If we deconstruct the “war on terrorism,” we see that Bush disguises his insecurity as ours.
Ever since 9/11 we have been regularly reminded that the safety of America is at stake in the war on terror, as if this were a fight for the very soul of our country. Repeatedly we are warned that we must fight the terrorists “elsewhere” rather than fight them “over here.” This threat maintains the climate of fear in the minds of many Americans.
We need to understand a number of dangerously simplistic beliefs engendered by these perspectives and promulgated by the Bush administration:
1) The war on terror is a battle between good and evil. Thus terrorists are a fanatically driven monolithic force that must be eradicated militarily.
2) There are concrete ways to protect the United States from potential terrorism, for example, the efforts of the office of Homeland Security and the Transportation Safety Administration. This narrow view envisions threat only in the form of an individual or a dangerous package.
3) It is possible to eliminate the threat of terrorism, suggesting there are a finite number of “evildoers” and no nascent terrorists will arise when they are eliminated.
From a broader perspective, the safety of America now and in the future depends upon much more than the pure threat of terrorism. Our precarious economic stability, especially the plight of the indigent, is a prime indicator of how poorly we are meeting the promise of democracy. The massive national debt (well over $8 trillion), much of it resulting from the war on terrorism, is incomprehensible. Similarly our educational system’s inability to prepare our youth for life is a measure of our lack of commitment to their future. Our disregard for the environment has proven to be a threat to both our personal and global security. America’s inequitable health care system is yet another significant embarrassment to the welfare of our nation. Over 20 years ago, Dr. Victor Sidel published an article in Lancet, “Destruction Before Detonation: The Impact of the Arms Race on Health and Health Care.” He argued that the societal costs of the arms race might be more detrimental than a war. Social instability and institutional inadequacy, he said, could result in our country becoming less secure. As a result of the Bush administration’s fixation on the war on terror, we now find ourselves in a situation that Dr. Sidel thought would come from our fixation on nuclear weapons.
The notion that we need to fight the terrorists elsewhere rather than on our soil is problematic for a variety of reasons. Although the United States is seen as the ultimate evil by a number of terrorist groups and their supporters, we are not alone: Terrorism is a worldwide problem. Although we have become the focus for antipathy through our actions since 9/11, many other countries have borne the brunt of terrorist activities. The belief that our angst and loss is greater than any other nation’s is an example of political hubris.
Twenty years ago, Clara Park wrote an essay in “The Hudson Review” in which she commented about this form of cultural narcissism:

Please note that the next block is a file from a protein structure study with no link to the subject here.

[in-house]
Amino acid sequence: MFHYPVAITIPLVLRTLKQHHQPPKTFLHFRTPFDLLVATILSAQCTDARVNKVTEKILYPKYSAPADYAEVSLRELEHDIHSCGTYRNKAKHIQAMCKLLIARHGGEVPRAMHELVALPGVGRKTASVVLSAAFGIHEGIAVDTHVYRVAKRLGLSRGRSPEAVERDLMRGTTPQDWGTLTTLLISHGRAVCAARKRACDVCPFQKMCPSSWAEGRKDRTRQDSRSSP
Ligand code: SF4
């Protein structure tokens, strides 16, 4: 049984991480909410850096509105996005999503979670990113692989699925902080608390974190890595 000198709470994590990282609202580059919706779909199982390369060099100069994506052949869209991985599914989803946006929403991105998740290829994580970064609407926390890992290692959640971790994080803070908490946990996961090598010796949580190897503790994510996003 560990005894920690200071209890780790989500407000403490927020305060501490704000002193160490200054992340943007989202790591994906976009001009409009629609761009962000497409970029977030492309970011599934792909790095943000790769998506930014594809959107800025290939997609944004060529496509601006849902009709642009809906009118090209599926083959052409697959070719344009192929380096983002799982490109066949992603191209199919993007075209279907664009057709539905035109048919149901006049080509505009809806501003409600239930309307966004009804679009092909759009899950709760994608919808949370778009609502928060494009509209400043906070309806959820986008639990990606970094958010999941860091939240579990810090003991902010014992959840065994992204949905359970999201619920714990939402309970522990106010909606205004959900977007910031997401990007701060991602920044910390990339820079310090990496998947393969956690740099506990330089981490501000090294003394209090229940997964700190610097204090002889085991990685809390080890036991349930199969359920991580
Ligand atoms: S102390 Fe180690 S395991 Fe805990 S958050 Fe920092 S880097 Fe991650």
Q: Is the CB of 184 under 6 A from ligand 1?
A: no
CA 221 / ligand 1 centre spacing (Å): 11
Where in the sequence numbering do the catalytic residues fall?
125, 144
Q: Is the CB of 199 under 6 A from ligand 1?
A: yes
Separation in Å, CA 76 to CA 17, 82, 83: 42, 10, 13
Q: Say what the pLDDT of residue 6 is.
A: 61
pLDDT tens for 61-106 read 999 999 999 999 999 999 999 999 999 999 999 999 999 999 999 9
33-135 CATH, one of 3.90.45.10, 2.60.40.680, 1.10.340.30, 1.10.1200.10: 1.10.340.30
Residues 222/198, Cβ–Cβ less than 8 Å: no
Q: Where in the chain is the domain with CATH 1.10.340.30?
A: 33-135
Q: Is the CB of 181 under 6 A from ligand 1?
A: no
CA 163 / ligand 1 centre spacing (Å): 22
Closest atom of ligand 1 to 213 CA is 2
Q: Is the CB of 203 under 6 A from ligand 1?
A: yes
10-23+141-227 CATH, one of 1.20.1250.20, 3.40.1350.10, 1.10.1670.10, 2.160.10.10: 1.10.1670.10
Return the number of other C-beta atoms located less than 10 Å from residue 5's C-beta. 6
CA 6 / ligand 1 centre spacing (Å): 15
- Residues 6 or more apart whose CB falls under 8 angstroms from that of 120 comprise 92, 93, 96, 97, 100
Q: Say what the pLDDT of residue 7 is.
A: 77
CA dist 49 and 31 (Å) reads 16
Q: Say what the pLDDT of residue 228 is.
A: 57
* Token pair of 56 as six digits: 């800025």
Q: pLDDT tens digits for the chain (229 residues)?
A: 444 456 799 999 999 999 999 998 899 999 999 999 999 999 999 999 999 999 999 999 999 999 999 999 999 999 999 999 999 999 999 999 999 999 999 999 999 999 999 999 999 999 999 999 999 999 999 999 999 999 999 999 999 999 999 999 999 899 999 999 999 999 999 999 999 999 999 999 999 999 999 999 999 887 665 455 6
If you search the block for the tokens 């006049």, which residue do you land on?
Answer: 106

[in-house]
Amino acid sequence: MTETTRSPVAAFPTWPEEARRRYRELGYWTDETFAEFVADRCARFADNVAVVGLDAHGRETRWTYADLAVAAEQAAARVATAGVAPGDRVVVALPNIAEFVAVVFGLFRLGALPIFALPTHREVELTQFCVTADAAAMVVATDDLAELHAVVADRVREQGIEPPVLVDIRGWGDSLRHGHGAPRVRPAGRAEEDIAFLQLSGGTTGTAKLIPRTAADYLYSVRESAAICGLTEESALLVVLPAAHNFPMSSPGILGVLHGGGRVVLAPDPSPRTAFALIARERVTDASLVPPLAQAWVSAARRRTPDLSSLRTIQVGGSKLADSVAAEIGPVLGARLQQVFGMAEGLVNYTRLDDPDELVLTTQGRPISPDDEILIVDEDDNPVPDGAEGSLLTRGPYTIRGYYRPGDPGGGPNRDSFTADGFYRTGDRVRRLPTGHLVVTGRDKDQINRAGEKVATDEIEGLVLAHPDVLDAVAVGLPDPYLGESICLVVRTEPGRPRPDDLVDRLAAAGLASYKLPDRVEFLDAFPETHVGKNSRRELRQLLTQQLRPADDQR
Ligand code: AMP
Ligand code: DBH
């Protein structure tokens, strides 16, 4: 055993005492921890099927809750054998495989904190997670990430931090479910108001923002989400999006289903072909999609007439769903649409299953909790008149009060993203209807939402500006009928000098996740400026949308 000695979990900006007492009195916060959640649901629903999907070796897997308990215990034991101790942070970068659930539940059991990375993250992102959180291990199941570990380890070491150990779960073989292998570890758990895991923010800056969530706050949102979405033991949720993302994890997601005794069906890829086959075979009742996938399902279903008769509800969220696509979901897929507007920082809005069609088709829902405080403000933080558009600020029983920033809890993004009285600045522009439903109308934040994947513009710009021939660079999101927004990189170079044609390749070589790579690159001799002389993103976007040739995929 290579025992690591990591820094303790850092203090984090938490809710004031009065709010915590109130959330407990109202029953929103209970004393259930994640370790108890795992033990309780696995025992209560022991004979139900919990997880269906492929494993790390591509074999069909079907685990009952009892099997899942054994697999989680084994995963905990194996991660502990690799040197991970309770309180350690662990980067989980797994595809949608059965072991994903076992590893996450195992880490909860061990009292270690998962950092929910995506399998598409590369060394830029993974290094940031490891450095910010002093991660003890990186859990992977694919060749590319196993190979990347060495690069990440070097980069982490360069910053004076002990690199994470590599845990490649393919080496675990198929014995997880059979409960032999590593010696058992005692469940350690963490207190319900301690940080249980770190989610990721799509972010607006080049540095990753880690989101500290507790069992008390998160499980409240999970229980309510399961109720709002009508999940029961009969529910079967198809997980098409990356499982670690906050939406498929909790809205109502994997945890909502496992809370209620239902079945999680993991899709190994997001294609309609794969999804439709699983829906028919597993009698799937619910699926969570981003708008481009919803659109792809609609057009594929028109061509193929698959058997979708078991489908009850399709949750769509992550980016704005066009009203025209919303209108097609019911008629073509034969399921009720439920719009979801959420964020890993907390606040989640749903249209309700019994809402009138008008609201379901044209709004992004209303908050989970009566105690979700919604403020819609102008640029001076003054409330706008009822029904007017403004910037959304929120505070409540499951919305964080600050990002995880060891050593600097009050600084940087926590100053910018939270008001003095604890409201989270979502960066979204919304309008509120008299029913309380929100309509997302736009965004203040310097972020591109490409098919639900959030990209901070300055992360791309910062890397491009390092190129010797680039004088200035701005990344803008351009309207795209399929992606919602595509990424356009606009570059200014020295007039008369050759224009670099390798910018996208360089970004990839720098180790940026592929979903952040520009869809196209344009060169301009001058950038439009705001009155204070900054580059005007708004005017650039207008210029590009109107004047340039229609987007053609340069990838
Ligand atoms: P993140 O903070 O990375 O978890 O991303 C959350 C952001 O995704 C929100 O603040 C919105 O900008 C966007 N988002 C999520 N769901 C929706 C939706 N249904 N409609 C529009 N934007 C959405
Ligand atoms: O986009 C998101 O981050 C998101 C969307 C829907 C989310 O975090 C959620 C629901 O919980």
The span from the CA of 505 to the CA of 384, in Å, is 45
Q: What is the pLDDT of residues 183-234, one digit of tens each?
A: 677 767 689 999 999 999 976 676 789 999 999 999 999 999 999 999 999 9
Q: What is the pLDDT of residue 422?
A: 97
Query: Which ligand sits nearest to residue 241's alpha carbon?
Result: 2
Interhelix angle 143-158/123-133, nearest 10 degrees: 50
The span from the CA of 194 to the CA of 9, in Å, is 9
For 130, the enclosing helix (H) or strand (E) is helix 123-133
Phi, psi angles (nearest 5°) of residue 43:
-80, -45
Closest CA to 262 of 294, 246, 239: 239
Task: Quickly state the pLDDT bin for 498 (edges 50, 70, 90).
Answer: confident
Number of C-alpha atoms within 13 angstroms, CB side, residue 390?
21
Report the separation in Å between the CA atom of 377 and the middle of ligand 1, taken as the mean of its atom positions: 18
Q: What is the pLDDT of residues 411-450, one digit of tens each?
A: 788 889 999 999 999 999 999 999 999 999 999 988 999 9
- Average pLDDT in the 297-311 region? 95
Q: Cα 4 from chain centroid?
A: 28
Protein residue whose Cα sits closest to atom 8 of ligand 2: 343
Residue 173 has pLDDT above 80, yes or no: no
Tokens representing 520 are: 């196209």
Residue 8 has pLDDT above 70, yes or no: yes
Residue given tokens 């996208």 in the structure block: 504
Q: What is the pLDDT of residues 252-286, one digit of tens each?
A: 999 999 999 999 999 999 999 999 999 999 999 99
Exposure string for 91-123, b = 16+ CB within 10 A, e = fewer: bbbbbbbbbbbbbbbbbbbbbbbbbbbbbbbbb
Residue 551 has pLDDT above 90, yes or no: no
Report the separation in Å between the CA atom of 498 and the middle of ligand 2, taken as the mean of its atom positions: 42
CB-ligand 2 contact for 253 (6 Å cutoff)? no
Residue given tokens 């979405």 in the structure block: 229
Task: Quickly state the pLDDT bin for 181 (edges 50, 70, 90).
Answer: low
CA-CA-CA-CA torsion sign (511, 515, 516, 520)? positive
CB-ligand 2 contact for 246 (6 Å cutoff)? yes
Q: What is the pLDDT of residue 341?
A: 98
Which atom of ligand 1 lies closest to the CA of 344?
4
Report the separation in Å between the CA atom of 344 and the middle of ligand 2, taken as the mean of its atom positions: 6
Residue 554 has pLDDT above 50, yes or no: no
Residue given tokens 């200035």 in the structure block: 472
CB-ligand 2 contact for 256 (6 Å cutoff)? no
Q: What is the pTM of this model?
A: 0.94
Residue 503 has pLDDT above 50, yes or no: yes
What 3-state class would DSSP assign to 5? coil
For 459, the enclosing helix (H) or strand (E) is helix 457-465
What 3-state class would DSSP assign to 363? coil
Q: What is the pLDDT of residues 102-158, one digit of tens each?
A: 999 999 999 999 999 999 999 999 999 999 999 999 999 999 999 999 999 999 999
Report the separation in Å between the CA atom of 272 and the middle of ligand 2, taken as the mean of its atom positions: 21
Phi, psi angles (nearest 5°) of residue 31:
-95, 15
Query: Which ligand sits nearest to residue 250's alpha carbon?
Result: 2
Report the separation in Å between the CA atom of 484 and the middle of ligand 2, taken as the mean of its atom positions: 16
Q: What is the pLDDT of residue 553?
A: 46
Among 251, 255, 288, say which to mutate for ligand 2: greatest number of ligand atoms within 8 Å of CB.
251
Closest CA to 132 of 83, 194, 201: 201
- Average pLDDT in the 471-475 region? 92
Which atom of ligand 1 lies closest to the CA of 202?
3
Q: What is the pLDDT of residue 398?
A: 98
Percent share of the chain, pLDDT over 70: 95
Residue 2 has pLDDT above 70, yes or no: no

“There is an ugly arrogance in the insistence that our age, alone amongst all, is too terrible for comedy…realistic consideration of the life of the past, both in its day to day precariousness and its vulnerability to repeated holocaust, will show up our claims to unique misery as uniquely self-centered.”
In this light, Bush’s concept of a war against terrorism is both archaic and misconceived. The President’s persistent notion that we must achieve victory in Iraq for our national security, global prestige, and our position as political broker in the Mideast is similarly misconstrued. His vision is short-sighted and disturbingly concrete, as if there will be a finite end to a complex and uncertain problem that a majority of Americans see as an issue lasting for generations.
In his recent formulation of a new strategy, President Bush declared that “victory will not look like the ones our fathers and grandfathers achieved. There will be no surrender ceremony on the deck of a battleship.”
While he hedged his sense of victory in Iraq with this disavowal, his self-assured assertion that what is needed to be “successful” in Iraq is to add 21,000 troops to our forces there has met with both skepticism and guffaws. For the sake of our security he claims we cannot allow less than victory. But neither he nor anyone else has any idea of what that might look like. In a conflict so nebulous, intricate and wildly uncertain, the words seem hollow. They echo with false bravado, the symptom of insecurity.
Dr. Justin Frank, a Washington DC psychoanalyst, analyzed the president in “Bush on the Couch.” In this book, Frank traces the roots of the President’s insecurity to a deep seated fear of humiliation that results from feeling like an imposter: As a chronic underachiever, non-reader, and narrow-minded thinker who often takes his ideas from others, he became President despite his unfitness for the job.
For example, his foppish declaration from the deck of the carrier Abraham Lincoln on May 2, 2003 that his mission in Iraq had been accomplished was a public relations gesture that smacked of an attempt to transform his image: from one of incompetence to one of a dynamic commander-in-chief, victorious in war.
In reality, the President’s own insecurity is more dangerous to our national security interests than the loss of Iraq, whatever that might come to mean.
Lou Borgenicht is a Salt Lake City physician.